Restraint, physical examination and venipuncture techniques in reptiles (Proceedings)


Restraint, physical examination and venipuncture techniques in reptiles (Proceedings)

Aug 01, 2011

Capture and restraint


Most snakes can be easily captured directly out of the carrier or cage they are in. If the snake is aggressive, it may be necessary to use a towel along with leather gloves to safely capture it. In these cases, it is easiest to gently toss the towel over the snake and find the head. Once the head has been isolated and restrained, the snake can be safely taken out of the enclosure. If the snake is extremely aggressive or if it is a venomous snake, a snake hook should be used to pin down the head of the snake long enough to safely grasp its head and body. Improper use of the snake hook can cause trauma to the patient; therefore, extreme caution should be taken.

Snakes are commonly brought into the clinic in pillowcases. It is important that the veterinarian or technician does not just open the pillowcase and quickly pull the snake out (especially if unfamiliar with the patient). It is important to first know what type of snake is in the pillowcase. To safely remove the snake from the pillowcase, first find the snake's head and gently grasp it from the outside of the pillowcase. Once the snake is restrained, the restrainer should put his or her free hand into the pillowcase and transfer the head to the "free hand." After this is accomplished, it should now be safe to take the entire snake out of the pillowcase.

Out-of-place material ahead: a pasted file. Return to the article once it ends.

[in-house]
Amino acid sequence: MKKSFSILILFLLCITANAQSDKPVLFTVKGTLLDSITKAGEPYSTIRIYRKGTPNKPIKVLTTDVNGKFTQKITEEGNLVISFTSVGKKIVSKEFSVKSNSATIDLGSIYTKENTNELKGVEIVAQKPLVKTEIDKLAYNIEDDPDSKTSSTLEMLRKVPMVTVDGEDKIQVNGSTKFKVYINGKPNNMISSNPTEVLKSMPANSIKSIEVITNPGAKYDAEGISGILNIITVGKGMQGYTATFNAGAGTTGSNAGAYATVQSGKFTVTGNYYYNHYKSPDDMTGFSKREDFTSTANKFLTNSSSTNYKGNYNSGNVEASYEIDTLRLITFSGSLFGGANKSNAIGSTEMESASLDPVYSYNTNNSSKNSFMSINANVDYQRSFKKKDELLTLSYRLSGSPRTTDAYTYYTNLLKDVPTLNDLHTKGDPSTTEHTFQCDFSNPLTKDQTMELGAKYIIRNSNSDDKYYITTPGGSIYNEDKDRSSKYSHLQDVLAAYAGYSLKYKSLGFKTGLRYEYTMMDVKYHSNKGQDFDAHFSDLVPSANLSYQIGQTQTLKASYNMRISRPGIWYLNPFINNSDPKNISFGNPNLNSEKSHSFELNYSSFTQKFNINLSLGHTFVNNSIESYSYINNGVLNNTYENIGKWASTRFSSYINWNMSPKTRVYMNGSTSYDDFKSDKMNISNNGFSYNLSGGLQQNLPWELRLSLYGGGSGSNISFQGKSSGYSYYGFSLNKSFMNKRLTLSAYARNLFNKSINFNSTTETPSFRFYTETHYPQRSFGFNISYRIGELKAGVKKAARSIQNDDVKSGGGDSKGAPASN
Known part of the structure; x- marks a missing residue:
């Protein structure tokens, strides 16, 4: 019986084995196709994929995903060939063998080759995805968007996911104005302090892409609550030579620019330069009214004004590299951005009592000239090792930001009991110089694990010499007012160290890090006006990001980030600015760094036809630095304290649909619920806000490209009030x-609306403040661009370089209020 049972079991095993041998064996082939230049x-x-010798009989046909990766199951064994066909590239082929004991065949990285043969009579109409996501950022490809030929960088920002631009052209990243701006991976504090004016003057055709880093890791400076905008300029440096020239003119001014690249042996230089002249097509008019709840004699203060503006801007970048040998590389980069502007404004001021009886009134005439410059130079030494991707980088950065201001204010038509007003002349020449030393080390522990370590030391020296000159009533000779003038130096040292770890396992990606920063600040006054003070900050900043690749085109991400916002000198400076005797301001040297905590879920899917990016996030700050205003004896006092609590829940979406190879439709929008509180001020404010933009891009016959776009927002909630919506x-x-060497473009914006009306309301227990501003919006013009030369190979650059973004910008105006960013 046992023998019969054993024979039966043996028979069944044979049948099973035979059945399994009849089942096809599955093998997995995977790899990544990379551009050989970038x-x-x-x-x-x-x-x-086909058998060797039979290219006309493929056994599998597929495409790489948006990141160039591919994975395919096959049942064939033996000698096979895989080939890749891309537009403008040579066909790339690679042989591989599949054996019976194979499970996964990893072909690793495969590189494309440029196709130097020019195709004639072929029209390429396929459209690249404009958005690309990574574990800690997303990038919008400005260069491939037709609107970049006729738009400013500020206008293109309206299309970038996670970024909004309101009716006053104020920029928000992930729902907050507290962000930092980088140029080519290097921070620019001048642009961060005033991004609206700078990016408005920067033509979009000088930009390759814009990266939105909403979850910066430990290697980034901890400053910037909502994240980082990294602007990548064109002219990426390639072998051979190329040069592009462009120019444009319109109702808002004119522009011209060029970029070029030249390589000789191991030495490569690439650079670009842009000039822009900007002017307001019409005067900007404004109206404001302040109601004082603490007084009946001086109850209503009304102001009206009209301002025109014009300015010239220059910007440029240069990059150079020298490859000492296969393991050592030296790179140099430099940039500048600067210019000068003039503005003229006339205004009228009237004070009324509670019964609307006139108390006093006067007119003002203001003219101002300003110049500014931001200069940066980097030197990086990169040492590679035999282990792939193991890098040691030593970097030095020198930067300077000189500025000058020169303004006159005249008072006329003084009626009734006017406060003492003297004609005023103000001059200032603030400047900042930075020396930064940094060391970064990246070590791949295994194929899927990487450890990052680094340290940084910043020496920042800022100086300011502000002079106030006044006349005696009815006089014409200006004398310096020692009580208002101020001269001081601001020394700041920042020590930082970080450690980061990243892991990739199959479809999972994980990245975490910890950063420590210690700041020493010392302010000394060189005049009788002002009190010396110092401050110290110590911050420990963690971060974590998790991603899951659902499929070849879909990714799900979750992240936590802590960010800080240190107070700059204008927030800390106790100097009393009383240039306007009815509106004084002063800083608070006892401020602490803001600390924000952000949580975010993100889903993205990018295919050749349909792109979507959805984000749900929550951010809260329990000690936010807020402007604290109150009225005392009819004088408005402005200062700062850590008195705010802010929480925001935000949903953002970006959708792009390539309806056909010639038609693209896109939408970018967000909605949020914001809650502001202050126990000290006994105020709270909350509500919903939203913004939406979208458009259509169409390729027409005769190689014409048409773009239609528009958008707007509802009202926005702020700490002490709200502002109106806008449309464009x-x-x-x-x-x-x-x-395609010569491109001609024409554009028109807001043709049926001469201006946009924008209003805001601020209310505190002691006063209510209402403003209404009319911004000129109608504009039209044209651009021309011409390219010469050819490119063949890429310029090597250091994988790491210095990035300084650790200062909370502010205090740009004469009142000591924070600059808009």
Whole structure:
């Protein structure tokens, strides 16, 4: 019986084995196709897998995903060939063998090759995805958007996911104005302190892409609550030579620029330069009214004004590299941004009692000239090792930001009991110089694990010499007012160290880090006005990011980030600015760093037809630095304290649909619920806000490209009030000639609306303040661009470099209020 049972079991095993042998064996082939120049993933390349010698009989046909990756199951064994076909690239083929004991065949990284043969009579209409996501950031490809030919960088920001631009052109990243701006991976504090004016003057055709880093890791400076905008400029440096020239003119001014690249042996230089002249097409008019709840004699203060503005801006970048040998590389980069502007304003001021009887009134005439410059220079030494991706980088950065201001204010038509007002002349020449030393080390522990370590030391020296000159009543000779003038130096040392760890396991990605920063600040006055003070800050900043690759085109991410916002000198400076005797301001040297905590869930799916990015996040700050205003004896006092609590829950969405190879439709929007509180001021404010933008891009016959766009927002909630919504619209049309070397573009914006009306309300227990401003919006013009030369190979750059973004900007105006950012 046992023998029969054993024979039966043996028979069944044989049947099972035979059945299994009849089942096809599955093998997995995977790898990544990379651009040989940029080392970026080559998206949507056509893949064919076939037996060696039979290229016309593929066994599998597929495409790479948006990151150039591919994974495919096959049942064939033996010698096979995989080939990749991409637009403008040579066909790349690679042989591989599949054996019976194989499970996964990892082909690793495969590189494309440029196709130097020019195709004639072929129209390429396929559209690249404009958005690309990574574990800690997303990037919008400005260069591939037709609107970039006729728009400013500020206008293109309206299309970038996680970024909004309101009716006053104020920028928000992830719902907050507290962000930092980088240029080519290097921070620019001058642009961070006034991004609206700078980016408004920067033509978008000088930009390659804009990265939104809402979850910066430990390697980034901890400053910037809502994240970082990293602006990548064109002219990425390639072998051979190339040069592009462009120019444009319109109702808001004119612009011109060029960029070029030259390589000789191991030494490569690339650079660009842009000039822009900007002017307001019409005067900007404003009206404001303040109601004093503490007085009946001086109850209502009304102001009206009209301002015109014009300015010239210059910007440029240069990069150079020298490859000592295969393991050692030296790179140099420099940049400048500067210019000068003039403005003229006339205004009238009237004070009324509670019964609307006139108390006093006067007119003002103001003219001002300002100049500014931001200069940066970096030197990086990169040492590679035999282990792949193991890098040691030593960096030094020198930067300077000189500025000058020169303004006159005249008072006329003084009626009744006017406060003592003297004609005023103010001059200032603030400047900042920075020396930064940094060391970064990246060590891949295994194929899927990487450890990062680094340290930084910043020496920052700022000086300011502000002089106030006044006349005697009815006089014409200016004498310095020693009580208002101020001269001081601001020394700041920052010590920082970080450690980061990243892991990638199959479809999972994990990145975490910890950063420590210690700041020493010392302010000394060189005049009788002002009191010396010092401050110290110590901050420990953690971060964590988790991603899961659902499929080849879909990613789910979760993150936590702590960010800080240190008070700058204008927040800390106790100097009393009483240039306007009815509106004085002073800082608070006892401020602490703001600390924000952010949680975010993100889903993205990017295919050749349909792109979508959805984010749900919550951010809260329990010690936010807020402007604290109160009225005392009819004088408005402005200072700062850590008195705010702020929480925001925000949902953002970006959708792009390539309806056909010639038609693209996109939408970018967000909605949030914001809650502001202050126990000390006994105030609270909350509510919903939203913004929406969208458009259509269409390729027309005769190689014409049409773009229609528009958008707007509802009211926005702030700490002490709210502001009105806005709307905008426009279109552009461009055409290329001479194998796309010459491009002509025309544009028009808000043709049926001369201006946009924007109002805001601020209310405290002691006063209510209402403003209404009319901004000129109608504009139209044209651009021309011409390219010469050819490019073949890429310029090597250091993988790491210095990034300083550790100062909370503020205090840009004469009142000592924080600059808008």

It is important to gently hold the snake directly behind the head with one hand (so it cannot turn around and bite!) and support the body with the other hand. If the snake is large, more than one person may be needed to restrain it. A good rule of thumb is one person per 3 ft of snake.


Lizards can be challenging animals to both capture and restrain. Smaller lizards are generally easy to capture but can be difficult to restrain because they tend to wiggle and squirm while they are being held. Most small lizards can simply be picked up with both hands and taken out of the enclosure. This is also true of the larger lizard species as well. However, some of the larger lizards can be both difficult to capture and restrain, especially if they are aggressive. If the lizard is aggressive, a towel or blanket along with leather restraint gloves should be used. It is important to remember that lizards can scratch and bite when they are scared or nervous. Therefore, it is a good idea to wear long sleeves when possible and always keep track of where the head is. Long-necked lizards (i.e., monitors) can easily turn around and bite if their head is not properly restrained during capture. Keeping one hand on the neck, just behind the base of skull, will help prevent getting bitten. Many species of lizards have a natural predatory response to voluntarily "drop" or autotomize their tail in an attempt to escape predation. It is a good rule of thumb to never capture any species of lizard by their tail.